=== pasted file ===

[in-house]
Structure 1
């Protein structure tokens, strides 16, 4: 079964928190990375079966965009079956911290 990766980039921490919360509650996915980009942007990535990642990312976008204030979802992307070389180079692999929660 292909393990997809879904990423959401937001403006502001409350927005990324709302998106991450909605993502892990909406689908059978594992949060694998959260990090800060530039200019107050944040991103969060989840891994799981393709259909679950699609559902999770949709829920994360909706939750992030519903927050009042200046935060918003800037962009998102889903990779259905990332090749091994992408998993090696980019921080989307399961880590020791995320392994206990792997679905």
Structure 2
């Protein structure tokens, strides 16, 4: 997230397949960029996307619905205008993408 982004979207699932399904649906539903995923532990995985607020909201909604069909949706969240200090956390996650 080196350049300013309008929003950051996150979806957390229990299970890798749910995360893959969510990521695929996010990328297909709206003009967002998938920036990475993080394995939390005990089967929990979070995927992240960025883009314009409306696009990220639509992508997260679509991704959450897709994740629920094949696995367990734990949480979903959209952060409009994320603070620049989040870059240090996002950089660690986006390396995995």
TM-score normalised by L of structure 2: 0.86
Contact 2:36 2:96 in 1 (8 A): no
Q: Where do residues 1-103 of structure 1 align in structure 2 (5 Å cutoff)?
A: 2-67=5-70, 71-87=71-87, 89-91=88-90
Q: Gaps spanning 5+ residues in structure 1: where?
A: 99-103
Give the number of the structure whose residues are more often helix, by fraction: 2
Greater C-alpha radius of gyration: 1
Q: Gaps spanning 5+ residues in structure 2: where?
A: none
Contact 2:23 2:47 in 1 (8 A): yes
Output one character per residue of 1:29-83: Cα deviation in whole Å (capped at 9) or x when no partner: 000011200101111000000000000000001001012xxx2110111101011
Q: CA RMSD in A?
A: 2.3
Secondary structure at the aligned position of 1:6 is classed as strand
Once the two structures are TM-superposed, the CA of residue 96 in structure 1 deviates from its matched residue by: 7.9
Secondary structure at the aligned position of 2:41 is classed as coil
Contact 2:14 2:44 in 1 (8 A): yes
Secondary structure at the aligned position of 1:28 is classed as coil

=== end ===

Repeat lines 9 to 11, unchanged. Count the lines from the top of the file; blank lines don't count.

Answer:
A: 2-67=5-70, 71-87=71-87, 89-91=88-90
Q: Gaps spanning 5+ residues in structure 1: where?
A: 99-103